Libraries have existed for a long time, dating back to at least the third millennium BC Babylonian times. In the early days, in all regions, a library was essentially a record-room for the storage of clay tablets. The first institutional library in Athens was founded in the fourth century BC by the schools of philosophy.
After the death of Alexander in Babylon in 323 BC, Egypt fell to one of his lieutenants, Ptolemy. Under Ptolemy, Alexandria replaced the ancient city of Memphis as the capital of Egypt. The early kings legitimized their rule through various means, one of which was by patronizing scholarship and learning – they showed off their wealth by accumulating tablets and scrolls. This patronage of learning led to the foundation of the ancient library at Alexandria, which was the largest city in the western world at that time, and the centre of the papyrus industry and book trading. Over the centuries, the library became one of the largest and most significant libraries in the ancient world where the great thinkers of the age – scientists, mathematicians, poets from all civilizations – came to study and exchange ideas. Some historians suggest that as many as 700,000 scrolls filled the shelves. Paid staff included grammarians, historians, astronomers, geographers, mathematicians, physicians, and poets.
The ancient library of Alexandria was dedicated to the Muses – the nine Greek goddesses of literature, arts, and science. In its Greek form, mouseion, meant “seat of the Muses” and designated a philosophical institution or a place of contemplation.*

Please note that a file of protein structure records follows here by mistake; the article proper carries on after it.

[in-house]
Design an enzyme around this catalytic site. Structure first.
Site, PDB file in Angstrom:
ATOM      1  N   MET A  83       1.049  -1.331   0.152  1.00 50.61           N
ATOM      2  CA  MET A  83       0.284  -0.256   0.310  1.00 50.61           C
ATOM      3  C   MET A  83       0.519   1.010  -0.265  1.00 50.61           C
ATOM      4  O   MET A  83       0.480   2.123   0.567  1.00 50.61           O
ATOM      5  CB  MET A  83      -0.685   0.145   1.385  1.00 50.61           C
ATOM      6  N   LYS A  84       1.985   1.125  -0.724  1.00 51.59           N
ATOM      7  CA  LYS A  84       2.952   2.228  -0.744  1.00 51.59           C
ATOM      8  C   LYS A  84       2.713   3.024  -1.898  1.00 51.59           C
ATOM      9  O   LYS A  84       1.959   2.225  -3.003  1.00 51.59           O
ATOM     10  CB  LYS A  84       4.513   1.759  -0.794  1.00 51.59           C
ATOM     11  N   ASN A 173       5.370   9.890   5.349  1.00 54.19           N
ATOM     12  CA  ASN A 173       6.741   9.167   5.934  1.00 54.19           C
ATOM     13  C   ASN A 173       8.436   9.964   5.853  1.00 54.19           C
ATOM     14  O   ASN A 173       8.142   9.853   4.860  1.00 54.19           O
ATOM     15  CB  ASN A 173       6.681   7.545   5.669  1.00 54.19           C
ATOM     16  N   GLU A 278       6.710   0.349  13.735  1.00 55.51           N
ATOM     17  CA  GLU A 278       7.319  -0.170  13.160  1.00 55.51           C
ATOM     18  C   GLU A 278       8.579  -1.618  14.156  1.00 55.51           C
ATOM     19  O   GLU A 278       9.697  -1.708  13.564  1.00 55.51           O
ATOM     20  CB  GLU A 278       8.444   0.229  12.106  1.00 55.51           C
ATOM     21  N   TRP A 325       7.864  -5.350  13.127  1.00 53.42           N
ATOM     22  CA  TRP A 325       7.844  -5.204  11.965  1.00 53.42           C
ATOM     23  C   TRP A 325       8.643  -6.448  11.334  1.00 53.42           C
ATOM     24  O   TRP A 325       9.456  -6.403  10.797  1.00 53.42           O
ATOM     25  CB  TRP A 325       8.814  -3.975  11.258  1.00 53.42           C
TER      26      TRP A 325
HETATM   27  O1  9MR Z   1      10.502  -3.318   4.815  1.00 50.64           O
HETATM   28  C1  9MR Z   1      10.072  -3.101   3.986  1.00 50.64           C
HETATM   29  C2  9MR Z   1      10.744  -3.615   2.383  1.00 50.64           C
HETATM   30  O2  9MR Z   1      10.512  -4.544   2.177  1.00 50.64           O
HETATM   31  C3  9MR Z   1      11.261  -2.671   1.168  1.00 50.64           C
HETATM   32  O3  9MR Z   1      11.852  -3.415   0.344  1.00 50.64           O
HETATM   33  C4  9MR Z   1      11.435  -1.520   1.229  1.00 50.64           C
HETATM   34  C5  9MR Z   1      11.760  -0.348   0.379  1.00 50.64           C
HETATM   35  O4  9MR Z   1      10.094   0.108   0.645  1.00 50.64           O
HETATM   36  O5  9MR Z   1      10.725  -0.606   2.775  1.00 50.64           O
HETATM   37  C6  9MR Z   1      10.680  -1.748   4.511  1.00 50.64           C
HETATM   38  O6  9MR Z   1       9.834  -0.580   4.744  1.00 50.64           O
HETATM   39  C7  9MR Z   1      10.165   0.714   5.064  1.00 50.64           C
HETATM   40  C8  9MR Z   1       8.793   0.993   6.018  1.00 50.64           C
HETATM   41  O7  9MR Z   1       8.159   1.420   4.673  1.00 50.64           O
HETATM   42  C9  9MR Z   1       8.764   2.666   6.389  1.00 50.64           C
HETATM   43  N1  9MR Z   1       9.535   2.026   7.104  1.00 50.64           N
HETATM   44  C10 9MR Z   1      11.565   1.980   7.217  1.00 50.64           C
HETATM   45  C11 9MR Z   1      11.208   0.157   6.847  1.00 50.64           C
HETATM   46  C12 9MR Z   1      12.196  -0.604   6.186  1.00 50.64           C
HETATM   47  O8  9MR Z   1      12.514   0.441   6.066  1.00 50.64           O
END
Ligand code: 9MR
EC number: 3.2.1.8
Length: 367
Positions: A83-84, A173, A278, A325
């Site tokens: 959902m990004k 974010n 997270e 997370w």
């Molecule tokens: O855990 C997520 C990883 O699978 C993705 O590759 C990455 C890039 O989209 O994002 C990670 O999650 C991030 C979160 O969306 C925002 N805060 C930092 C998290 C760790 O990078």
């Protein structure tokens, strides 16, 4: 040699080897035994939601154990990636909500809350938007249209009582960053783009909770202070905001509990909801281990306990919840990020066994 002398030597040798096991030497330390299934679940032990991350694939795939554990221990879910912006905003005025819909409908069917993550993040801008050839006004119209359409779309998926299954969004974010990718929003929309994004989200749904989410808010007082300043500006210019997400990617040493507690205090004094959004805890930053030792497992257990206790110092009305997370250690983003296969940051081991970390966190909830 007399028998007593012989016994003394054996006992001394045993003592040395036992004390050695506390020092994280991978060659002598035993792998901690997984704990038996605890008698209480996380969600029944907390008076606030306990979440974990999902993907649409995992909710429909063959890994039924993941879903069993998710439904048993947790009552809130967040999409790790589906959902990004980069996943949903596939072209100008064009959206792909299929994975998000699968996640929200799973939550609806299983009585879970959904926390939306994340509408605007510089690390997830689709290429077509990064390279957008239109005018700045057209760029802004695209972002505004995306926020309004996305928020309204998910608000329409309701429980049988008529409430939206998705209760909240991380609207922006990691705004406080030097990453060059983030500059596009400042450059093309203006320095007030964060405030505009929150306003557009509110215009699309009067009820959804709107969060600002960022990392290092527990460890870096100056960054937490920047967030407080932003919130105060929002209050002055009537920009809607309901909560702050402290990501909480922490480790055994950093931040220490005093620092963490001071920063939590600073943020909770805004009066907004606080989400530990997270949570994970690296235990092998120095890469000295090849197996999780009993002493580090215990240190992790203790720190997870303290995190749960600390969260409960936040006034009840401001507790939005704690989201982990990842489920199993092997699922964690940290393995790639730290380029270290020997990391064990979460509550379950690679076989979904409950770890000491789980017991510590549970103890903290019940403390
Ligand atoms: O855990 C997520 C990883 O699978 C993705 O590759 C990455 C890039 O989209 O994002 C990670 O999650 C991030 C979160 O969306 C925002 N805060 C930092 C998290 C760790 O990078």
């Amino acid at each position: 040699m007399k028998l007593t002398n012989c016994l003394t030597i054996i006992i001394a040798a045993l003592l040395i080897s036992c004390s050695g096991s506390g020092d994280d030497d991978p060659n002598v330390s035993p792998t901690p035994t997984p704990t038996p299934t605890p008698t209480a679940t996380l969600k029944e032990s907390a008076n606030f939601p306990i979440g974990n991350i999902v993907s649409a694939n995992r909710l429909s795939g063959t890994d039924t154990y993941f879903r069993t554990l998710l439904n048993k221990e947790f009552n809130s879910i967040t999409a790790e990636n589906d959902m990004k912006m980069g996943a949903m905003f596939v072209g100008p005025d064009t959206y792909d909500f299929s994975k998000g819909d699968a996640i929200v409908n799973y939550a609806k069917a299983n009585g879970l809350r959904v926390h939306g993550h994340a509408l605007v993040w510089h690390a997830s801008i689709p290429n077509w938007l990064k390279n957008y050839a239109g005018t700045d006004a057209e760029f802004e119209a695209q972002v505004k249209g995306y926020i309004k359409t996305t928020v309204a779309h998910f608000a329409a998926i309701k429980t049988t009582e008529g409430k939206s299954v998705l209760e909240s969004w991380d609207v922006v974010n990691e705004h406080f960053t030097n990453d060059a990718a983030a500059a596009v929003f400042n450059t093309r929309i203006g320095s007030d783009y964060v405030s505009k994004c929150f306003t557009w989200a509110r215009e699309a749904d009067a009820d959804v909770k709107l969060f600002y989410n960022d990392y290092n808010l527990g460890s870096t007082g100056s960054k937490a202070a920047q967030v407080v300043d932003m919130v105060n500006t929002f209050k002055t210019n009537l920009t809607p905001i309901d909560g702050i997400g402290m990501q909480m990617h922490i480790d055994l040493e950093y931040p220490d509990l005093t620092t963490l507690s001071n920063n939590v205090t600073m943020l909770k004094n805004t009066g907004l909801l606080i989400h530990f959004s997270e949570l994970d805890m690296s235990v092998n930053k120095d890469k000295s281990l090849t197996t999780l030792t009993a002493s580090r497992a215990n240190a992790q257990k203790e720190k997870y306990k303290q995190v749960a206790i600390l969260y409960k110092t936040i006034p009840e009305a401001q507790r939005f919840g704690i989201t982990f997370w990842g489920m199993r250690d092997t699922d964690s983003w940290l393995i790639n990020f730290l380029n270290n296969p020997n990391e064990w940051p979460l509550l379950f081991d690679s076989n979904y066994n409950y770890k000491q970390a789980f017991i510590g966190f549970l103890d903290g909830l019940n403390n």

Having survived many fires and civil wars over time, it was completely destroyed in the fourth century CE. The new library, Bibliotheca Alexandrina, was an international effort commemorating the library of antiquity and rekindling the brilliant scholarship that the earlier centre represented. The construction of the building began in 1995 and was opened in 2002. The design of the building is a simple circle representing the Egyptian sun, to symbolically illuminate the world and human civilization. The exterior wall, made from grey Aswan granite, are carved with letters from the alphabets of the languages of the world.
Bibliotheca Alexandrina was one of the recipient of the ninth cycle of awards of the Aga Khan Award for Architecture in 2004.
Research by Nimira Dewji
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